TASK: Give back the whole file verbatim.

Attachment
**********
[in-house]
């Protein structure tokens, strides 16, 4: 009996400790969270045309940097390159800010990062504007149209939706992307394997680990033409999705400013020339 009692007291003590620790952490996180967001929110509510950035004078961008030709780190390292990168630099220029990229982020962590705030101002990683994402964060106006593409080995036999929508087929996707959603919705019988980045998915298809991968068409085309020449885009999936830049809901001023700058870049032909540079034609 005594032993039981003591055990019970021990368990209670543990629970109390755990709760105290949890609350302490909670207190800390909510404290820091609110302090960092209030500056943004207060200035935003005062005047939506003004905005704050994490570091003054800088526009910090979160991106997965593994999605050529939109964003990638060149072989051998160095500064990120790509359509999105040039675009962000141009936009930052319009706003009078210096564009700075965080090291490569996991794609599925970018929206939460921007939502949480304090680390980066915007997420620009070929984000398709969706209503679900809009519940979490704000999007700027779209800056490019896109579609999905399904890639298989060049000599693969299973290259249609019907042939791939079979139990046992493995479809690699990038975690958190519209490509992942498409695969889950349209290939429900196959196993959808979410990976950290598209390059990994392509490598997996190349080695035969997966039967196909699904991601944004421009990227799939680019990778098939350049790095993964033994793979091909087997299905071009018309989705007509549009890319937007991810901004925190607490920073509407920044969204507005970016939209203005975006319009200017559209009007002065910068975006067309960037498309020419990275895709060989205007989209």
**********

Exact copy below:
[in-house]
């Protein structure tokens, strides 16, 4: 009996400790969270045309940097390159800010990062504007149209939706992307394997680990033409999705400013020339 009692007291003590620790952490996180967001929110509510950035004078961008030709780190390292990168630099220029990229982020962590705030101002990683994402964060106006593409080995036999929508087929996707959603919705019988980045998915298809991968068409085309020449885009999936830049809901001023700058870049032909540079034609 005594032993039981003591055990019970021990368990209670543990629970109390755990709760105290949890609350302490909670207190800390909510404290820091609110302090960092209030500056943004207060200035935003005062005047939506003004905005704050994490570091003054800088526009910090979160991106997965593994999605050529939109964003990638060149072989051998160095500064990120790509359509999105040039675009962000141009936009930052319009706003009078210096564009700075965080090291490569996991794609599925970018929206939460921007939502949480304090680390980066915007997420620009070929984000398709969706209503679900809009519940979490704000999007700027779209800056490019896109579609999905399904890639298989060049000599693969299973290259249609019907042939791939079979139990046992493995479809690699990038975690958190519209490509992942498409695969889950349209290939429900196959196993959808979410990976950290598209390059990994392509490598997996190349080695035969997966039967196909699904991601944004421009990227799939680019990778098939350049790095993964033994793979091909087997299905071009018309989705007509549009890319937007991810901004925190607490920073509407920044969204507005970016939209203005975006319009200017559209009007002065910068975006067309960037498309020419990275895709060989205007989209």